Our Trip to Edinburgh

Our Trip to Edinburgh
20-27 December 2004

We spent the first week of the girls' Christmas vacation up in Edinburgh. We all had a good time, and the weather even cooperated and provided the kids with their first snowfall. We definitely want to get back there during warmer weather (and more daylight!). It's a beautiful city, and there's far more to see than we could do in a week. Glaringly obvious things we missed: Holyrood, and Arthur's Seat (seen here in the distance from the top of the castle).

We took the train both ways, splurging a bit on first class for the return journey. The Brits love to gripe about their rail service, but compared to the mostly non-existence of such service in the States, we've been quite happy with the trains here. Given British roads, it was definitely easier to get to Edinburgh by train, instead of by car.

We stayed in a beautiful Georgian apartment in a circus (circular street) in New Town, within walking distance to most everywhere. The bathroom had been redone and the very small kitchen had some strange but perfectly efficient German appliances. The apartment was next to an area of the city called Stockbridge, which is full of speciality delis, restaurants, and little shops. Alan and the girls also managed to find a great playground on one of their walks. One of the pleasures of self-catering (as they call this type of holiday apartment rentals) is that you aren't forced to go out to eat for all your meals. Instead, we indulged ourselves with lovely meats and cheeses from the deli, Scottish smoked salmon, and of course, whiskey by fire in the evening. Would you believe that at one of those delis, we also found the best tortilla chips in Great Britain (we think)? Seems residents of ol' Reeky (nickname for Edinburgh) love Mexican food. Go figure.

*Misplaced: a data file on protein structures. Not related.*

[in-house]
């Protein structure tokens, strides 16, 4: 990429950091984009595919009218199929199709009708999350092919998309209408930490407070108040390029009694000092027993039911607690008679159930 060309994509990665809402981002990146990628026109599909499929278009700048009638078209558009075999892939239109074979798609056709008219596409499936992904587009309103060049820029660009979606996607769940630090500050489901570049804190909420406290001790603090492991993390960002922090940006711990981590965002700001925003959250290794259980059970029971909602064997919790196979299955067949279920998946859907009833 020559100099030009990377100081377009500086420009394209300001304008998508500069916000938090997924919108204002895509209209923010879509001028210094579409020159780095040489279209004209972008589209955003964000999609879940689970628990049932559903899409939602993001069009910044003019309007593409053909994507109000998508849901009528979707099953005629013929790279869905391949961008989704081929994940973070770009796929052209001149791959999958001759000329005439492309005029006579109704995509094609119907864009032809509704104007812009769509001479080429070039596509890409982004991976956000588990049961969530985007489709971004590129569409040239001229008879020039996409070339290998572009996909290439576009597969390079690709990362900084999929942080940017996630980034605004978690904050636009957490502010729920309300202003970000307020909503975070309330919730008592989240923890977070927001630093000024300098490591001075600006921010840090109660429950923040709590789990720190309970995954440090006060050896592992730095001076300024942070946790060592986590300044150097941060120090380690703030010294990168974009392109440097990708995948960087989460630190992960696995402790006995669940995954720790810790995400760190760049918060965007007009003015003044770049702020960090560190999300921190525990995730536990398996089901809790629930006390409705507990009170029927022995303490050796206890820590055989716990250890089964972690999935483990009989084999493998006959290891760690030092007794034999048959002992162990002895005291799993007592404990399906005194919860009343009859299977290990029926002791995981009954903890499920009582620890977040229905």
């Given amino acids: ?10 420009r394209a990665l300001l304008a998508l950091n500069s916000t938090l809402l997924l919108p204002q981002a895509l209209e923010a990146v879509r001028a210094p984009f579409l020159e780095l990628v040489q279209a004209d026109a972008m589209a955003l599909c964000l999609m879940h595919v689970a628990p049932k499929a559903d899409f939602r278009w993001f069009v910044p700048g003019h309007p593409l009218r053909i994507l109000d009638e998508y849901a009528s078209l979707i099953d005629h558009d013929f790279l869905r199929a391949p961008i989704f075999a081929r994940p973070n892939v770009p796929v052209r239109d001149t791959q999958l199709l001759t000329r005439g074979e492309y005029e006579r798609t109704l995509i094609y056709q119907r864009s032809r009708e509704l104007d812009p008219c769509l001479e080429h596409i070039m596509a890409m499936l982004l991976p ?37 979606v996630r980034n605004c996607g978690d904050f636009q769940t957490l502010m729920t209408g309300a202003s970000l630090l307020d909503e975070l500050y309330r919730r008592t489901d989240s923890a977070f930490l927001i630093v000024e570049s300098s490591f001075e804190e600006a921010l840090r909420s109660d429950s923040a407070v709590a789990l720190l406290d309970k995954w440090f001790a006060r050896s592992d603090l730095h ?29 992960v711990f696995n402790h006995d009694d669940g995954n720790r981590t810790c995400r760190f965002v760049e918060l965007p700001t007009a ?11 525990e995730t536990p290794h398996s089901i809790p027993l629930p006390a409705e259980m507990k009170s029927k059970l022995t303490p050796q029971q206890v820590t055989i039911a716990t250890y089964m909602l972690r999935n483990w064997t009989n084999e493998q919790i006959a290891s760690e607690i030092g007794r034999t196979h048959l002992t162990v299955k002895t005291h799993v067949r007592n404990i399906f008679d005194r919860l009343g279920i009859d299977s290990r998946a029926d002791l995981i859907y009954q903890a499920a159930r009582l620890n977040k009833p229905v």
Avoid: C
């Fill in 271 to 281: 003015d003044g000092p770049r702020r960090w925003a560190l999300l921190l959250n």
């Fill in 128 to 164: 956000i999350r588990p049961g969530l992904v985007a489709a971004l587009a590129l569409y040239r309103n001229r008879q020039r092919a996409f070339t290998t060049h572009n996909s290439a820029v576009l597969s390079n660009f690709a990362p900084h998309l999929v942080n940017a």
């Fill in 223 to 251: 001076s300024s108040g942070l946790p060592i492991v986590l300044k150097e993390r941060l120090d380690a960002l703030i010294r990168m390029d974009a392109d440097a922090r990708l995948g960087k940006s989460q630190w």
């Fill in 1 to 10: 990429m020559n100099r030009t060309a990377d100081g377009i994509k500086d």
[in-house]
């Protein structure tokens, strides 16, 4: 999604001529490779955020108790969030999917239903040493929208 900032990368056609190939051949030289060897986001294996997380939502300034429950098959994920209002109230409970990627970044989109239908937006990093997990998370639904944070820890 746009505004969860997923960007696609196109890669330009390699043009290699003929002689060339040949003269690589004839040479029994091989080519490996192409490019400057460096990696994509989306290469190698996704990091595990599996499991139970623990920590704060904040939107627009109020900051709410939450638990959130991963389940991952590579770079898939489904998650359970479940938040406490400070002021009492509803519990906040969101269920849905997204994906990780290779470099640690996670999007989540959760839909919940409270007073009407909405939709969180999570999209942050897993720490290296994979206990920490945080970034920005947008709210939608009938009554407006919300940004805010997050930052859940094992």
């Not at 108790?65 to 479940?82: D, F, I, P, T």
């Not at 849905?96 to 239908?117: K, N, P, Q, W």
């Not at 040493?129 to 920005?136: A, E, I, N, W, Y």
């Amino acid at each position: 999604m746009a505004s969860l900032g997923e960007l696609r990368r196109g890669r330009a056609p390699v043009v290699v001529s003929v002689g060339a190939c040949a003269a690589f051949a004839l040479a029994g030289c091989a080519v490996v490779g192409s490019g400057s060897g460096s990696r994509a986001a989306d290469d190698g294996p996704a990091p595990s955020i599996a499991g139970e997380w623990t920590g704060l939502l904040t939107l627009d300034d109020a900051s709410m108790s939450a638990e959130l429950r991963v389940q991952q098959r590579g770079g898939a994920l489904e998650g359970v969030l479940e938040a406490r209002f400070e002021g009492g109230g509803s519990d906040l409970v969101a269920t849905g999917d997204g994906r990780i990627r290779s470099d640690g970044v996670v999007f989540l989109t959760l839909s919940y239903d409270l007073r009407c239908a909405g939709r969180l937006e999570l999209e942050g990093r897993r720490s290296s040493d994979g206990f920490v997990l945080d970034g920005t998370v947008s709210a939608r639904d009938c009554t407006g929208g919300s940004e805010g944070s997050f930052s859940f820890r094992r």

From a Castle cannonport looking Northeast towards Scott Monument, and, of course, the ferris wheel.

The girls saw their first real snow the night we arrived! We had a picture-perfect snowfall during dinner, with just enough on the ground afterwards to make a tiny snowman. Rowyn claims it's because she called Mother Nature on a special phone to arrange the snow right before we left. Since our choice of Scotland was partly inspired by the kids' desire to see snow, this may very well be true. (The phone in question probably only works for kids.) Alas, the snow had melted by morning, and for most of the rest of the week we had great weather.

During the week, we celebrated the Winter Solstice and the most of Chanukah. We even bought and decorated a tiny Yule tree, which made it all the way back to Cambridge with us only to freeze to death later in the winter, poor thing. The girls also got to see their first Nutcracker in a lovely little production by the Royal Scottish Ballet.

below: The Edinburgh Festival (of Lights)
above: A little greenery in our
Georgian Townhouse
above: Their first ballet

One of the first things we did was take the tourbus to get a handle on the size and scope of what we might be able to see in a week. This is the same company which runs the Cambridge tourbus, one of the London tours and loads of other cities. Not cheap, but a quick and dirty way to put reference points in one's head.

Edinburgh has some fabulous architecture, including its share of monuments like this ostentatious and bizarre gothic tower monument to Sir Walter Scott which dominates over some the beautiful Prince Edward's Gardens. And of course in these gardens which used to be a moat for the castle (see below), there was a Christmas Fun Faire (seemingly unavoidable everywhere we go on holiday: see our trip to France) with a huge ferris wheel and plenty of kiddy rides.